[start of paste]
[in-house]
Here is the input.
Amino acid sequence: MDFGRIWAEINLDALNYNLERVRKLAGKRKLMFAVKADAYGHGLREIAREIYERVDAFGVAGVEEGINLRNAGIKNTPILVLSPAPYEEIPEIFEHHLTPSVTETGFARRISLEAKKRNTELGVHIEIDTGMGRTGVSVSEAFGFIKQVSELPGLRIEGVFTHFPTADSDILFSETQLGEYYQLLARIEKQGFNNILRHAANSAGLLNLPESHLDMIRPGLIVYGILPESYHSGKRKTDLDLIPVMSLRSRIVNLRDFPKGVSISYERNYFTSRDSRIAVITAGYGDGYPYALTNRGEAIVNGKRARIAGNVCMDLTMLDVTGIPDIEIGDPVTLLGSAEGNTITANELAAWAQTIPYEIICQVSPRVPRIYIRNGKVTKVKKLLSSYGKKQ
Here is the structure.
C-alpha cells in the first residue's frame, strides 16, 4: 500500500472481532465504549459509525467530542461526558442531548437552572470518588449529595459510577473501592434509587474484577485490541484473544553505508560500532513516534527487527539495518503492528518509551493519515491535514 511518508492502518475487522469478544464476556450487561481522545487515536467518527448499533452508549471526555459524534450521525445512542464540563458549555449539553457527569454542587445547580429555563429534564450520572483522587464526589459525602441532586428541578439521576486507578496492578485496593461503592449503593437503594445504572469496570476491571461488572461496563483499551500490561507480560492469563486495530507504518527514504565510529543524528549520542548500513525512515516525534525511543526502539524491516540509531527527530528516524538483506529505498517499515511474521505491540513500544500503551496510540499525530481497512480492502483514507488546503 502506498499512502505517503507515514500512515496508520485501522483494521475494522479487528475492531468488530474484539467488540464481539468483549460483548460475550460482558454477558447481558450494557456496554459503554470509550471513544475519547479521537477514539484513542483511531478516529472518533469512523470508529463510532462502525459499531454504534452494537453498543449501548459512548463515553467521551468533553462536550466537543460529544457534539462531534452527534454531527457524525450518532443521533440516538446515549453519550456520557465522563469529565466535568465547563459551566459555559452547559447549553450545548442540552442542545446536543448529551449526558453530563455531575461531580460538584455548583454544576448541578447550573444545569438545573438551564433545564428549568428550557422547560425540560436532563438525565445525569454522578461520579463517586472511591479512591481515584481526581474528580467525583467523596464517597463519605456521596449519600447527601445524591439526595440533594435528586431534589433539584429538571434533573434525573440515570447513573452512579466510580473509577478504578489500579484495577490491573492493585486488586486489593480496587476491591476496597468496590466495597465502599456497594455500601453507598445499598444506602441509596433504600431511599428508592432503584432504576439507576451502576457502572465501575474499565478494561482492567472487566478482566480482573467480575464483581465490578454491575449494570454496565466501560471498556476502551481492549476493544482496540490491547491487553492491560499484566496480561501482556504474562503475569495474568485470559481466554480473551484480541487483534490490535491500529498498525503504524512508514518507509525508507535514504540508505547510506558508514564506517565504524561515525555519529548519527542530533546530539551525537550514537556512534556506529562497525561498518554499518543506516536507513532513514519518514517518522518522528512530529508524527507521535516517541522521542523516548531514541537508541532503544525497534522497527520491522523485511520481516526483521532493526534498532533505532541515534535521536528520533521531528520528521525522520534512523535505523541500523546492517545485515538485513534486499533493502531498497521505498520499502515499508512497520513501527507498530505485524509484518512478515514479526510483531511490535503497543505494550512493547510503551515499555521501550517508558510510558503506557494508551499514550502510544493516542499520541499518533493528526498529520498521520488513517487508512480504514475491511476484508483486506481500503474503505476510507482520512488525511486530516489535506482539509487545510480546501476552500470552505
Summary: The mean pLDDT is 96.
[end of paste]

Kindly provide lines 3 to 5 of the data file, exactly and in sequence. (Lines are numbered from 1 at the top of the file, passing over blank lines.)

Amino acid sequence: MDFGRIWAEINLDALNYNLERVRKLAGKRKLMFAVKADAYGHGLREIAREIYERVDAFGVAGVEEGINLRNAGIKNTPILVLSPAPYEEIPEIFEHHLTPSVTETGFARRISLEAKKRNTELGVHIEIDTGMGRTGVSVSEAFGFIKQVSELPGLRIEGVFTHFPTADSDILFSETQLGEYYQLLARIEKQGFNNILRHAANSAGLLNLPESHLDMIRPGLIVYGILPESYHSGKRKTDLDLIPVMSLRSRIVNLRDFPKGVSISYERNYFTSRDSRIAVITAGYGDGYPYALTNRGEAIVNGKRARIAGNVCMDLTMLDVTGIPDIEIGDPVTLLGSAEGNTITANELAAWAQTIPYEIICQVSPRVPRIYIRNGKVTKVKKLLSSYGKKQ
Here is the structure.
C-alpha cells in the first residue's frame, strides 16, 4: 500500500472481532465504549459509525467530542461526558442531548437552572470518588449529595459510577473501592434509587474484577485490541484473544553505508560500532513516534527487527539495518503492528518509551493519515491535514 511518508492502518475487522469478544464476556450487561481522545487515536467518527448499533452508549471526555459524534450521525445512542464540563458549555449539553457527569454542587445547580429555563429534564450520572483522587464526589459525602441532586428541578439521576486507578496492578485496593461503592449503593437503594445504572469496570476491571461488572461496563483499551500490561507480560492469563486495530507504518527514504565510529543524528549520542548500513525512515516525534525511543526502539524491516540509531527527530528516524538483506529505498517499515511474521505491540513500544500503551496510540499525530481497512480492502483514507488546503 502506498499512502505517503507515514500512515496508520485501522483494521475494522479487528475492531468488530474484539467488540464481539468483549460483548460475550460482558454477558447481558450494557456496554459503554470509550471513544475519547479521537477514539484513542483511531478516529472518533469512523470508529463510532462502525459499531454504534452494537453498543449501548459512548463515553467521551468533553462536550466537543460529544457534539462531534452527534454531527457524525450518532443521533440516538446515549453519550456520557465522563469529565466535568465547563459551566459555559452547559447549553450545548442540552442542545446536543448529551449526558453530563455531575461531580460538584455548583454544576448541578447550573444545569438545573438551564433545564428549568428550557422547560425540560436532563438525565445525569454522578461520579463517586472511591479512591481515584481526581474528580467525583467523596464517597463519605456521596449519600447527601445524591439526595440533594435528586431534589433539584429538571434533573434525573440515570447513573452512579466510580473509577478504578489500579484495577490491573492493585486488586486489593480496587476491591476496597468496590466495597465502599456497594455500601453507598445499598444506602441509596433504600431511599428508592432503584432504576439507576451502576457502572465501575474499565478494561482492567472487566478482566480482573467480575464483581465490578454491575449494570454496565466501560471498556476502551481492549476493544482496540490491547491487553492491560499484566496480561501482556504474562503475569495474568485470559481466554480473551484480541487483534490490535491500529498498525503504524512508514518507509525508507535514504540508505547510506558508514564506517565504524561515525555519529548519527542530533546530539551525537550514537556512534556506529562497525561498518554499518543506516536507513532513514519518514517518522518522528512530529508524527507521535516517541522521542523516548531514541537508541532503544525497534522497527520491522523485511520481516526483521532493526534498532533505532541515534535521536528520533521531528520528521525522520534512523535505523541500523546492517545485515538485513534486499533493502531498497521505498520499502515499508512497520513501527507498530505485524509484518512478515514479526510483531511490535503497543505494550512493547510503551515499555521501550517508558510510558503506557494508551499514550502510544493516542499520541499518533493528526498529520498521520488513517487508512480504514475491511476484508483486506481500503474503505476510507482520512488525511486530516489535506482539509487545510480546501476552500470552505